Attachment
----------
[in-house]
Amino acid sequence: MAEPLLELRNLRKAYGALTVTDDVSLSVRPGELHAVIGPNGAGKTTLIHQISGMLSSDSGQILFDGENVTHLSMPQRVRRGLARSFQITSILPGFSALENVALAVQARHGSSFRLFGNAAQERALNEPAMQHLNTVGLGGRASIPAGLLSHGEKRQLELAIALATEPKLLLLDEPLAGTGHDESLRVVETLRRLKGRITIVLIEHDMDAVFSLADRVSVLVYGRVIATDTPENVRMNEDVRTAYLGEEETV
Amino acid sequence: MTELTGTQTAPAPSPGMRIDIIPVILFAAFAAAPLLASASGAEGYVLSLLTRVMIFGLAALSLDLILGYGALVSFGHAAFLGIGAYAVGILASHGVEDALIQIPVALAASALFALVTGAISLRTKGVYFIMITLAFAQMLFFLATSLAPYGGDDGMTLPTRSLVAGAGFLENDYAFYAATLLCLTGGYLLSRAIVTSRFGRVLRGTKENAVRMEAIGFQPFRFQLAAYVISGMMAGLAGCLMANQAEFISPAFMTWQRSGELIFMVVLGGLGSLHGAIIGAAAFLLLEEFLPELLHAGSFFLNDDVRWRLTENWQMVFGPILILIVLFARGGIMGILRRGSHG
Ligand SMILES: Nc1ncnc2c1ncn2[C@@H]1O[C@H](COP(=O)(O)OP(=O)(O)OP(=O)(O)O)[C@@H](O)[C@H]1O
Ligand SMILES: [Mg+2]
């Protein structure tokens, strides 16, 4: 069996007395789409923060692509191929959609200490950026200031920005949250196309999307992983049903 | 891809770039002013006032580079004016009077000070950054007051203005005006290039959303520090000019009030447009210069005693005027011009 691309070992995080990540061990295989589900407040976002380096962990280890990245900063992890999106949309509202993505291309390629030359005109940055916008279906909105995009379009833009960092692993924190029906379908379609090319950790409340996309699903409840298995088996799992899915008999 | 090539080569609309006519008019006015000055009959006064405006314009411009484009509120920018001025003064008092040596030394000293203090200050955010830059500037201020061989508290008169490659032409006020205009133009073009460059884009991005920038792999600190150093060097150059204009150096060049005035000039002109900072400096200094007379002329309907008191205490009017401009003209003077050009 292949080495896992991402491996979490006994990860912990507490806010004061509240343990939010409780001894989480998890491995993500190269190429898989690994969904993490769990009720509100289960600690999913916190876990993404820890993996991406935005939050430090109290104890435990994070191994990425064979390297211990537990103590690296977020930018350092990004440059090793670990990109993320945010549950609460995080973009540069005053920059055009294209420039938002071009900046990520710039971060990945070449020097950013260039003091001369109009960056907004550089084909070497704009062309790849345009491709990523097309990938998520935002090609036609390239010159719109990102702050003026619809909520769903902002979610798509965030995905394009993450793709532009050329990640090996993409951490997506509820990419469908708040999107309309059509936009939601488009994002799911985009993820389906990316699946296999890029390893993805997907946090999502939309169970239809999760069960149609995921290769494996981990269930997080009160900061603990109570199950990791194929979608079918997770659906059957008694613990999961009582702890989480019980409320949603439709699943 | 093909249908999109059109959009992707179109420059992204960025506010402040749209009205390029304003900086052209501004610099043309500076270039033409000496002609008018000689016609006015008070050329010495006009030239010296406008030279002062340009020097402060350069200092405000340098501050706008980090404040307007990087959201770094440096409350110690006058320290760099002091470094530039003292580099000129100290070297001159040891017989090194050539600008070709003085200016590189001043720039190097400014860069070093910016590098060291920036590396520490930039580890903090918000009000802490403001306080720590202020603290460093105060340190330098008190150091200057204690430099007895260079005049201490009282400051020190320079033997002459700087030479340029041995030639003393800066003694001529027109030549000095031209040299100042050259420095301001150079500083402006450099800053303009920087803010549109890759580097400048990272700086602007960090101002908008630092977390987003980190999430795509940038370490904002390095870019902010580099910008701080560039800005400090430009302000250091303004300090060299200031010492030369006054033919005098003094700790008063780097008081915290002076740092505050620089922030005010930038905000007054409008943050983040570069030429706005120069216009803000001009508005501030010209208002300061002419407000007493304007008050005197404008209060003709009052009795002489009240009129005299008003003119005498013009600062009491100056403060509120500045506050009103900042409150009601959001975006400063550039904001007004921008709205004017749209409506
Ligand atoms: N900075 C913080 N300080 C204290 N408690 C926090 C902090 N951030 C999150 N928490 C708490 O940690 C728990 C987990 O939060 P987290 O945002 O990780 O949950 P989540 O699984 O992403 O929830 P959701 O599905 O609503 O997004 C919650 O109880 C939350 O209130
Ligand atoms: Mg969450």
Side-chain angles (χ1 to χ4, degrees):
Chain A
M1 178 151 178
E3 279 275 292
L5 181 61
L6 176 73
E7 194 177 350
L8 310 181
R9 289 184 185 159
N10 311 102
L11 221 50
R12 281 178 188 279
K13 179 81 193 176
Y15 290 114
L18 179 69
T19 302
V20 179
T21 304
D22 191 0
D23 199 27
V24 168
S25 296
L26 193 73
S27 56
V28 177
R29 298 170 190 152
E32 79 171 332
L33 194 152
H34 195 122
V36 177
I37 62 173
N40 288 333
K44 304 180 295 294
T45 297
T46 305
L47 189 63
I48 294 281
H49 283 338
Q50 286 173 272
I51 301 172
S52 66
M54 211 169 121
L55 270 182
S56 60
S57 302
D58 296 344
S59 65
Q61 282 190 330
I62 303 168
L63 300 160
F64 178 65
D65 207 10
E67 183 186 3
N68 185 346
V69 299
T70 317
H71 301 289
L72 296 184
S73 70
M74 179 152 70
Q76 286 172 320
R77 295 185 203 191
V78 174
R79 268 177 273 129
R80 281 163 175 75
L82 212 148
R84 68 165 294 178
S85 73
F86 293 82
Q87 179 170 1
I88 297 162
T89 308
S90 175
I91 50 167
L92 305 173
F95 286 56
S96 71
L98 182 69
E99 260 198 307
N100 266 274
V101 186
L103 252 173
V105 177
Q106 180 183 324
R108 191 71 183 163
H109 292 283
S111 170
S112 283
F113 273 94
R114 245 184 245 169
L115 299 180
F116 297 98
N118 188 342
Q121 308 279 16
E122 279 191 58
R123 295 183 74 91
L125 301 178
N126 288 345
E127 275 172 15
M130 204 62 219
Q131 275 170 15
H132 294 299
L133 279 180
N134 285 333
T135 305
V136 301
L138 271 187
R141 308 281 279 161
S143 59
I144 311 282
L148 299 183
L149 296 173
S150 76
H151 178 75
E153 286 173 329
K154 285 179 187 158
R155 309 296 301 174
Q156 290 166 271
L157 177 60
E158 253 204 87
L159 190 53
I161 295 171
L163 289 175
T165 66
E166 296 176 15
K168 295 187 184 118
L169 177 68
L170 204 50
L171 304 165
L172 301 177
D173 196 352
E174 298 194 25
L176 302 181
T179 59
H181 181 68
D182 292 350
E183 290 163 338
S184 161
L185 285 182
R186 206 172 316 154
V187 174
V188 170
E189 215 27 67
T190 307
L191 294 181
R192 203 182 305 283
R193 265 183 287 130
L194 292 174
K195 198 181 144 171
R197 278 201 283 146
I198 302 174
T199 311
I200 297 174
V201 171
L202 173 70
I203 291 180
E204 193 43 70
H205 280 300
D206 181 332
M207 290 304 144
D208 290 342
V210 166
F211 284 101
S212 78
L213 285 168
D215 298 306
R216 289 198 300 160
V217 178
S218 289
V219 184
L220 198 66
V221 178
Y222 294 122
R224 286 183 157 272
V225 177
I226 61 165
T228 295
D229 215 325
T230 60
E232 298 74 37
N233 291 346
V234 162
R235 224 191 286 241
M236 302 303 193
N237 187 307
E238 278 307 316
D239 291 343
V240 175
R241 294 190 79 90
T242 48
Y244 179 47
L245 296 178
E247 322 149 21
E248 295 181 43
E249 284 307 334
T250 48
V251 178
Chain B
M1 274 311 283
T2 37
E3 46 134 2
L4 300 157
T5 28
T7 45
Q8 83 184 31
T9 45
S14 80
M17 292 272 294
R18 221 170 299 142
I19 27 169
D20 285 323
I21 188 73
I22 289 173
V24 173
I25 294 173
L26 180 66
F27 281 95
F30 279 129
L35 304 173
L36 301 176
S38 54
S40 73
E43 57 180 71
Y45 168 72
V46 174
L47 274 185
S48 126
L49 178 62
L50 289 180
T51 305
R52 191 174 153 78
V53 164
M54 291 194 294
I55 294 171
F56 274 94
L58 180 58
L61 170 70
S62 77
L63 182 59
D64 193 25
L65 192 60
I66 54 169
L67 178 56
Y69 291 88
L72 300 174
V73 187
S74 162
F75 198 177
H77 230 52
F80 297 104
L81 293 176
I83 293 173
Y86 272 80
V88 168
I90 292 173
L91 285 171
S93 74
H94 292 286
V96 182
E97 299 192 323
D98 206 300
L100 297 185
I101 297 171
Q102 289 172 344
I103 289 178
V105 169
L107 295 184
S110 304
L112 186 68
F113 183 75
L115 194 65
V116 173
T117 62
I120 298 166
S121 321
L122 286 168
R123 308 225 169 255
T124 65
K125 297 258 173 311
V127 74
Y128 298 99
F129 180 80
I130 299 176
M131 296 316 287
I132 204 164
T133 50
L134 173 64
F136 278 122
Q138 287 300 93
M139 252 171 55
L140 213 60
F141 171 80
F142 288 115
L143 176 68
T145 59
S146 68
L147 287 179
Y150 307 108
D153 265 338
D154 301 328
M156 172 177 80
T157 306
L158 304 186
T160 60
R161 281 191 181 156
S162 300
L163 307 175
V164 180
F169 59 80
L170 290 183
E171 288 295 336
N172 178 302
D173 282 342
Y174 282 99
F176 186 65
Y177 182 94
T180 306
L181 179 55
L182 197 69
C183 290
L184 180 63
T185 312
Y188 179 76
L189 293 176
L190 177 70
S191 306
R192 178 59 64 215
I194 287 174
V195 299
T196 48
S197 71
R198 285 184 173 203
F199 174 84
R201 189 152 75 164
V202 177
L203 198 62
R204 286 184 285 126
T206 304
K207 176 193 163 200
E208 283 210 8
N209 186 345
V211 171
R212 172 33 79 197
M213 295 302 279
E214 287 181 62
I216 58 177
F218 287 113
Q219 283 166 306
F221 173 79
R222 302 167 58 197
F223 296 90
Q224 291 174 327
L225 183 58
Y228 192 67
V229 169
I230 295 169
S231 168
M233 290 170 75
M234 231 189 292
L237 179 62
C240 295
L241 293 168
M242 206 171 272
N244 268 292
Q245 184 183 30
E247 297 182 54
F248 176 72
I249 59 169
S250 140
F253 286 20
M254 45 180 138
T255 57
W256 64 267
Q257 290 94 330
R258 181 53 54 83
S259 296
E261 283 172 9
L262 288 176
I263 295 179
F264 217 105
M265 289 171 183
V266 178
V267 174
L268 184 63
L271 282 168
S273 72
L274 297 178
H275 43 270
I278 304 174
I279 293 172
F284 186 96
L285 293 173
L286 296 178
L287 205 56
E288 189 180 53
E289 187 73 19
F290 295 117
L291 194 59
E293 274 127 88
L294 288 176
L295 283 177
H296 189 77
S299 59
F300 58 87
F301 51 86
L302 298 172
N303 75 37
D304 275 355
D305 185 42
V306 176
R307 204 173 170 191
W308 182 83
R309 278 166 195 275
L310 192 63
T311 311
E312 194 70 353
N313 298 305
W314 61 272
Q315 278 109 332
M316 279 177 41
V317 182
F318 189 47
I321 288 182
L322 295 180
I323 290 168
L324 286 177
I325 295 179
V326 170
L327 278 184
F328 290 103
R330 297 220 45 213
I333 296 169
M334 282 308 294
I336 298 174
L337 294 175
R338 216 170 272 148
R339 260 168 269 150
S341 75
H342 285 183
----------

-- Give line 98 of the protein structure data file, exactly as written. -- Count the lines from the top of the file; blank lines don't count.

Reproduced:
R114 245 184 245 169